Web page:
The Conventional GOP

The let's-be-honest obligation before the Republican Party this week is to reveal its real stripes, not just the stripes of red, white, and blue.

Party conventions, sadly, have drifted away from a transparency of open and serious political debate, as Americans witnessed last month during the Democrats' sanitized gathering in Boston.

Last week, during the traditional preconvention "writing" of the GOP platform, Republican leaders showed they prefer to suppress or ignore diverse views among the faithful for the sake of made-for-TV unity behind President Bush's record and agenda.

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In that exercise, the GOP's internal differences over issues ranging from environment to immigration to excess government spending were papered over, mainly in favor of sticking to the central theme of Mr. Bush as war leader. The convention's four days of speeches, too, reportedly have been well scripted to exude harmony, or at least a temporary image of "moderation," as both parties race to the center in the final weeks of the campaign. (Sen. Zell Miller, a Democrat, is giving the GOP keynote speech on Wednesday.)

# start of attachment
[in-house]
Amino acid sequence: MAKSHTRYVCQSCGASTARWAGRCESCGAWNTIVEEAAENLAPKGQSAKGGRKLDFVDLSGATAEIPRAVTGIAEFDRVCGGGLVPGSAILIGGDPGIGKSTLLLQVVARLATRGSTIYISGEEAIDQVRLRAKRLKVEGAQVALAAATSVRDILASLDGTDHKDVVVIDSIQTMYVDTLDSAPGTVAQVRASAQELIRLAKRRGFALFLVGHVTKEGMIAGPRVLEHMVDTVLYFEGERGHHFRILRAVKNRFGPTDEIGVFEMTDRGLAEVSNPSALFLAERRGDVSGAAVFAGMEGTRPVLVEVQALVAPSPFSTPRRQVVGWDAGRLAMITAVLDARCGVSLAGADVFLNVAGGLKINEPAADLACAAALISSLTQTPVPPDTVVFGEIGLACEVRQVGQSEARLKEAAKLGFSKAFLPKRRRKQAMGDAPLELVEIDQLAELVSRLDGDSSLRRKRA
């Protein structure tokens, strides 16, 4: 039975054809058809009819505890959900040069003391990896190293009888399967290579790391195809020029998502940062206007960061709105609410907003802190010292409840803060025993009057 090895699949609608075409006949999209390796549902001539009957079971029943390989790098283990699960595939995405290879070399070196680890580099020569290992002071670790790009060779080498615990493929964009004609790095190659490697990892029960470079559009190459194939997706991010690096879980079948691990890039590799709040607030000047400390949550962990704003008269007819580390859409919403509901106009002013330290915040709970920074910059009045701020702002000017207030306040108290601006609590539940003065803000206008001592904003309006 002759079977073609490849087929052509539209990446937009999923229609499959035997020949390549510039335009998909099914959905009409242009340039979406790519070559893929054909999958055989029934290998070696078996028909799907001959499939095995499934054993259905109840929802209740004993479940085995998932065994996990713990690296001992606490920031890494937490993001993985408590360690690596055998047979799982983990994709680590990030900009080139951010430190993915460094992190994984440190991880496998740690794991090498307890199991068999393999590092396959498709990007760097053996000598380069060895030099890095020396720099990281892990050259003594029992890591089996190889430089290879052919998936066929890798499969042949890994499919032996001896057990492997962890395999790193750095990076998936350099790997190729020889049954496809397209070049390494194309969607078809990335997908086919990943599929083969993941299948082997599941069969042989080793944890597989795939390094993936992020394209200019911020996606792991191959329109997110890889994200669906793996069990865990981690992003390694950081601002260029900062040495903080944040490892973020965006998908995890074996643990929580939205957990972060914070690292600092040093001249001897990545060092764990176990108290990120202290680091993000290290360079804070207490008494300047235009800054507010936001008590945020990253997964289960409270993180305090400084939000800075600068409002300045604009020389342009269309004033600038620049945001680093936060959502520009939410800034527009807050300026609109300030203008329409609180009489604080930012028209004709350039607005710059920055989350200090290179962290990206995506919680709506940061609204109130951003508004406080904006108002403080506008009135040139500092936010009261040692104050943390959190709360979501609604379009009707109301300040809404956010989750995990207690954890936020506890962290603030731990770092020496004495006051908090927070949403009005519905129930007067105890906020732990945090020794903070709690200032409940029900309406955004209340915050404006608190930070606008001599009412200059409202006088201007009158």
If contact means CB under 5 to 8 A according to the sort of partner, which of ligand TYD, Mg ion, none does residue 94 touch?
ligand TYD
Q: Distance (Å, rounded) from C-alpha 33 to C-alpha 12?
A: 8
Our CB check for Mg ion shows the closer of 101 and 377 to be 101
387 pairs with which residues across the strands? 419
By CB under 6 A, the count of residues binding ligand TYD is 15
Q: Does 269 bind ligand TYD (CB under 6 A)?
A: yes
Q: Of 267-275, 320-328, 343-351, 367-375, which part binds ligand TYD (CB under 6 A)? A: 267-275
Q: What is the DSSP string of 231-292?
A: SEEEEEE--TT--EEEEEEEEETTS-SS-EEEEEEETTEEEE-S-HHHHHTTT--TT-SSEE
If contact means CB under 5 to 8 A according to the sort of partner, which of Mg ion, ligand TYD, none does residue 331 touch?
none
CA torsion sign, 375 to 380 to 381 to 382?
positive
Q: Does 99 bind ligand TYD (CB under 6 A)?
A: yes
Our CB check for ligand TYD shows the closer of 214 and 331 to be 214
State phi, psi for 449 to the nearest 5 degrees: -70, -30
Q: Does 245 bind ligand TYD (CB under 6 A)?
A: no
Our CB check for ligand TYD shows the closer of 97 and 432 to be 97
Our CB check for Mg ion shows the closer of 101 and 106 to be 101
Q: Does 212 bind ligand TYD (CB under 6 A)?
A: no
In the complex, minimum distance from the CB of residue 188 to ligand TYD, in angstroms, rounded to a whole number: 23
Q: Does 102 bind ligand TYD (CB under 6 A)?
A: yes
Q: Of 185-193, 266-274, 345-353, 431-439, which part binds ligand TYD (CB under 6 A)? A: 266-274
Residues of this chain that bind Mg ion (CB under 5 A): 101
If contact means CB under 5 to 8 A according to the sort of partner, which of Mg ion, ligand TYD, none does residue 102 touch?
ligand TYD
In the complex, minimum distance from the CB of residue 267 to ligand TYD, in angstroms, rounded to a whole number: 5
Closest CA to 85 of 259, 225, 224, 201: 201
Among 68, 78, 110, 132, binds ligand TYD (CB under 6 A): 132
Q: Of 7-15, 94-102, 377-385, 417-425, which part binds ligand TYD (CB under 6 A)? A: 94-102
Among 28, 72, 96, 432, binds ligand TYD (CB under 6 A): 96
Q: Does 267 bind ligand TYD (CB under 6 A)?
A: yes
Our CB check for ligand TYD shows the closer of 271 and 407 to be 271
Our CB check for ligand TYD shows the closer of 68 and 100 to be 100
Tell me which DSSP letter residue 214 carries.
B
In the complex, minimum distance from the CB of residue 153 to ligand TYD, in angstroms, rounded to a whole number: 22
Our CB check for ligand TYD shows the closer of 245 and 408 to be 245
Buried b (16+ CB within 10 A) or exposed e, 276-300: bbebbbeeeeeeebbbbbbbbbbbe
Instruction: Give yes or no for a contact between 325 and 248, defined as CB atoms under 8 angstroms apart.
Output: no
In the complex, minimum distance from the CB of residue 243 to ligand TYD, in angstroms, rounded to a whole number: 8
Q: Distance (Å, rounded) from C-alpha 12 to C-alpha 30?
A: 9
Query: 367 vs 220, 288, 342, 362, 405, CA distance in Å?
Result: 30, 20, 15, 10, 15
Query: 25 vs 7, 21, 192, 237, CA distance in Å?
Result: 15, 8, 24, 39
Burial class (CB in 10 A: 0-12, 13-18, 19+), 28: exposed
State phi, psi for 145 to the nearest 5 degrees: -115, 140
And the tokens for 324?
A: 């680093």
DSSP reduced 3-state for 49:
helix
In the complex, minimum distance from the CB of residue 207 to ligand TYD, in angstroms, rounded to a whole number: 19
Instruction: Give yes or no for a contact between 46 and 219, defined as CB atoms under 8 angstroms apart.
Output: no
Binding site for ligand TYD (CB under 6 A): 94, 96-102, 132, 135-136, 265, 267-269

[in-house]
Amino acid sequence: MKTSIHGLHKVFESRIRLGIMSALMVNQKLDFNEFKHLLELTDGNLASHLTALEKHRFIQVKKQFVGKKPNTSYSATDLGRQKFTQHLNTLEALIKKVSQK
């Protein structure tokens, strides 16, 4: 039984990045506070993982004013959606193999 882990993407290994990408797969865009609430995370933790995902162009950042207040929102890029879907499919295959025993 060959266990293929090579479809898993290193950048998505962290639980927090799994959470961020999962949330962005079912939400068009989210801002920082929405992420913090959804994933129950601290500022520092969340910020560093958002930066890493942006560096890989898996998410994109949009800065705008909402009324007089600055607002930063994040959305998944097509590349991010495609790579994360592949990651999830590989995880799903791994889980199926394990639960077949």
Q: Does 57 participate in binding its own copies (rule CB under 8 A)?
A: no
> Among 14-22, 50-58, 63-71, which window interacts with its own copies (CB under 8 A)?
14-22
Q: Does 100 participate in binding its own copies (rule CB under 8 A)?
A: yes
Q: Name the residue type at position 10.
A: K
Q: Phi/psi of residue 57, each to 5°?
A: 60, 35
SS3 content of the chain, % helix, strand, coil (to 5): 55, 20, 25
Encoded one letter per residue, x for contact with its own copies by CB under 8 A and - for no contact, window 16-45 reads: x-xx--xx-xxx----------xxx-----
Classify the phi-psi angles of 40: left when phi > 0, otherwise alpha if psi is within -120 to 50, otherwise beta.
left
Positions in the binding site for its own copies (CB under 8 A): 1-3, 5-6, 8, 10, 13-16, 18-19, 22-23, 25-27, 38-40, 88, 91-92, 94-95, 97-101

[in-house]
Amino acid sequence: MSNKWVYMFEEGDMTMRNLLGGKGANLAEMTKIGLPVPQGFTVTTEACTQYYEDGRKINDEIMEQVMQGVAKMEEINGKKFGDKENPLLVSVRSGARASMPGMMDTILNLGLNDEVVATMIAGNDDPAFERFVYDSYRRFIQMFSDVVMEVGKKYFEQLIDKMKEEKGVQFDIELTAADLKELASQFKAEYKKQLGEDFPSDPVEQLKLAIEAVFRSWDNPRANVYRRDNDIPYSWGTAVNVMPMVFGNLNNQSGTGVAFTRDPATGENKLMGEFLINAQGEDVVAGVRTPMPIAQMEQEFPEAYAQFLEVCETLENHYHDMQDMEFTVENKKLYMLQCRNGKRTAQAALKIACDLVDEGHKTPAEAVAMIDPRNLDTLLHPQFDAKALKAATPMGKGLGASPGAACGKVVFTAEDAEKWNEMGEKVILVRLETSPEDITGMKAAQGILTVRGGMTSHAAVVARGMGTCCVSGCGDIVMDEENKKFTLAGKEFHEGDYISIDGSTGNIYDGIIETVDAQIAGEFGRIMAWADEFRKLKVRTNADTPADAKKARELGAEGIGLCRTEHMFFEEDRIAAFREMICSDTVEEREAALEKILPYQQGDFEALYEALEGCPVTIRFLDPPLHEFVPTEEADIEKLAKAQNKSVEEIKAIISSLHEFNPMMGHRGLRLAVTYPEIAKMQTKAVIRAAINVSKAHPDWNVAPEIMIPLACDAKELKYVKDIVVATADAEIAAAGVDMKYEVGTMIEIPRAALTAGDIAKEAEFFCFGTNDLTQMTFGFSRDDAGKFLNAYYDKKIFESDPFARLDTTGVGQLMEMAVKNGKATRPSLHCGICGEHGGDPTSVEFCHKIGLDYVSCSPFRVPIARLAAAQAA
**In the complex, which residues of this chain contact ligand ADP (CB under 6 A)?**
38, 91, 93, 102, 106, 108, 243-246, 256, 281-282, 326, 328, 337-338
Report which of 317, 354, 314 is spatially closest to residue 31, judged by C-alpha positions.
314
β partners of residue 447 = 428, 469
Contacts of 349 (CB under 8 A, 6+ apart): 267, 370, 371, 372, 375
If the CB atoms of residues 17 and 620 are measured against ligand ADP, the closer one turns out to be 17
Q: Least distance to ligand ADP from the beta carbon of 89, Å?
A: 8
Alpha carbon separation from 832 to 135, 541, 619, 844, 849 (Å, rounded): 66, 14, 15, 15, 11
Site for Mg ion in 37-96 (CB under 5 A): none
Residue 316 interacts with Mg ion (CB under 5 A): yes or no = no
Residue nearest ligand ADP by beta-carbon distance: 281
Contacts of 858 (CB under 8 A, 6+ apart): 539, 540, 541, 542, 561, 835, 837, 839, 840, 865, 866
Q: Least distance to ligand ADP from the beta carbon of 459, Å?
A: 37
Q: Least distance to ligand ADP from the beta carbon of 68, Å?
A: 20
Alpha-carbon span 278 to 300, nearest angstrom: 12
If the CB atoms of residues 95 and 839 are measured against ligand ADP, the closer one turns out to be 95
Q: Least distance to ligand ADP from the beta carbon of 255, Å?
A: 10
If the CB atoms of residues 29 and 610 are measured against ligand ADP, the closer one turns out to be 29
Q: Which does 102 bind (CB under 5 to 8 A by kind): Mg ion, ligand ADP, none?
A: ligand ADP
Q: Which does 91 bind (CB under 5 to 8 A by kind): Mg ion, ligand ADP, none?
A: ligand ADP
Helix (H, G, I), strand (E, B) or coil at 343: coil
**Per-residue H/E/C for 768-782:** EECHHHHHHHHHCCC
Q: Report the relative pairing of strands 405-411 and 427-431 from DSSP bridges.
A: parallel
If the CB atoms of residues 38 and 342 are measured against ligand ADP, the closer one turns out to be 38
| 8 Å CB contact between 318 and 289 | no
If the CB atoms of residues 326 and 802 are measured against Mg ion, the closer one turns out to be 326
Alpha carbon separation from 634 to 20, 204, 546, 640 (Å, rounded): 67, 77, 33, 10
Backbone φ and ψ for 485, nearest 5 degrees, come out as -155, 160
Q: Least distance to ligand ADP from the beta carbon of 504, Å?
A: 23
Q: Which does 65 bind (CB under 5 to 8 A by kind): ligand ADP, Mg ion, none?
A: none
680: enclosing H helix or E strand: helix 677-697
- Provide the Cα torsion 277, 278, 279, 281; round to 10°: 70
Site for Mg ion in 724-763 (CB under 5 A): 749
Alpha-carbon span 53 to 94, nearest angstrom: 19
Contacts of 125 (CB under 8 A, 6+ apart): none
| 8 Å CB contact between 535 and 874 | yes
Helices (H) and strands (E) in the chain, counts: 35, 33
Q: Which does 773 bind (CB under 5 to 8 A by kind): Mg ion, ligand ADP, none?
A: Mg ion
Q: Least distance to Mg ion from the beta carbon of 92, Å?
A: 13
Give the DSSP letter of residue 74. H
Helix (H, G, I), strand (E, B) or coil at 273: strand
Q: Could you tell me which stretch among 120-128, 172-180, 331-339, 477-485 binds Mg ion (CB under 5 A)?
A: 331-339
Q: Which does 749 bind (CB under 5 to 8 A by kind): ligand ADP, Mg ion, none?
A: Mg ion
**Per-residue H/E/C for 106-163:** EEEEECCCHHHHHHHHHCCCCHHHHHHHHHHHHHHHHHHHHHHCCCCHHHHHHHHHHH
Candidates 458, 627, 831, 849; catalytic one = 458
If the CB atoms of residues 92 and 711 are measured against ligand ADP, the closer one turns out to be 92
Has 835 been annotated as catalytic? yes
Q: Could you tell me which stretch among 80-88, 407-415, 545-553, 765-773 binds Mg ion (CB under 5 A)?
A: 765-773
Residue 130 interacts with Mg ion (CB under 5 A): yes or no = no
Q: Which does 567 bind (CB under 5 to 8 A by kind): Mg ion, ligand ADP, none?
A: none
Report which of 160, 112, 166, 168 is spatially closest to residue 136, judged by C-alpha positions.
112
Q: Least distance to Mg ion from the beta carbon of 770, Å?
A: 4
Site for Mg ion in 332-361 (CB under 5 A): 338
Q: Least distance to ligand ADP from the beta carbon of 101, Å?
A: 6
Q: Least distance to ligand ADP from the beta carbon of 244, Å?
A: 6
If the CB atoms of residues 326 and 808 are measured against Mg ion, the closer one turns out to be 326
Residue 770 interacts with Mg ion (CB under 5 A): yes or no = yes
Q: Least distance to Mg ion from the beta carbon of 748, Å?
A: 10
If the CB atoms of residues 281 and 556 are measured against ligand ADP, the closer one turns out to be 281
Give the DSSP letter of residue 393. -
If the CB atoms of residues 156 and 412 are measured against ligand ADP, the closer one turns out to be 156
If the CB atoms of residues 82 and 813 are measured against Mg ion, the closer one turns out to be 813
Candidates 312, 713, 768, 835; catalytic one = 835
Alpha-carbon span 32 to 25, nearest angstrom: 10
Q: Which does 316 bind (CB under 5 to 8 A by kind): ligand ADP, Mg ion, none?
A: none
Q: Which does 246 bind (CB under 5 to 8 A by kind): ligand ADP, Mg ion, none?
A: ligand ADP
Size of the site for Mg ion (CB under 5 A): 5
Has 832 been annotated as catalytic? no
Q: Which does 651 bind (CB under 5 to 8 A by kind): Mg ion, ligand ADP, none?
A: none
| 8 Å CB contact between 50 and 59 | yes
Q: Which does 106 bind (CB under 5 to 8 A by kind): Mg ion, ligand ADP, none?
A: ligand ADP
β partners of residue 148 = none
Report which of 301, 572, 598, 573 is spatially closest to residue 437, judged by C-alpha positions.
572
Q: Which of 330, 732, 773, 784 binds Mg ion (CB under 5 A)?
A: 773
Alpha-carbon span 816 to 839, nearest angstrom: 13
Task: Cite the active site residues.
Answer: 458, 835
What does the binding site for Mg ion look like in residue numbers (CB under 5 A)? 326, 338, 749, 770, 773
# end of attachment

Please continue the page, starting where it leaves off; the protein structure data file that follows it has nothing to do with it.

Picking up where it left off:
Even the staging for Bush's Thursday-night acceptance speech at Madison Square Garden has been designed to have him be seen encircled by delegates, with a sort of theater-in-the-round message of unity and focus.

The fact is that the party in power has decided it can't afford messy big-tent divisions if it wants to retain control at both ends of Pennsylvania Ave. From the party's moralists to its libertarians, from its isolationists to its democracy exporters, delegates have been told it's better to spend time celebrating in New York than canvassing in the corridors.

GOP elders still long for the unity they once felt under Ronald Reagan in the 1980s and briefly during the Republican surge under Newt Gingrich in the mid-'90s. This time, they've been scared into closing ranks because of Bush's squeaker victory over Al Gore in 2000 as well as some polls showing John Kerry ahead.

The GOP is kidding itself, however, if it thinks the small percentage of undecided voters will buy into that front. The country remains acutely split over complex issues, such as Iraq, and knows a party with pat answers built on little grass-roots debate runs the risk of not being open to fresh ideas.

The closed nature of the Bush administration, with its penchant for extreme loyalty and tight-lipped flow of information, is reflected in this four-day Republican event. But as the Iraq experience showed, staying on message can easily turn into staying on autopilot when the wing's on fire.

The party of principles has forgotten a key principle of balancing competing ideas, rather than squelching inconvenient ones.

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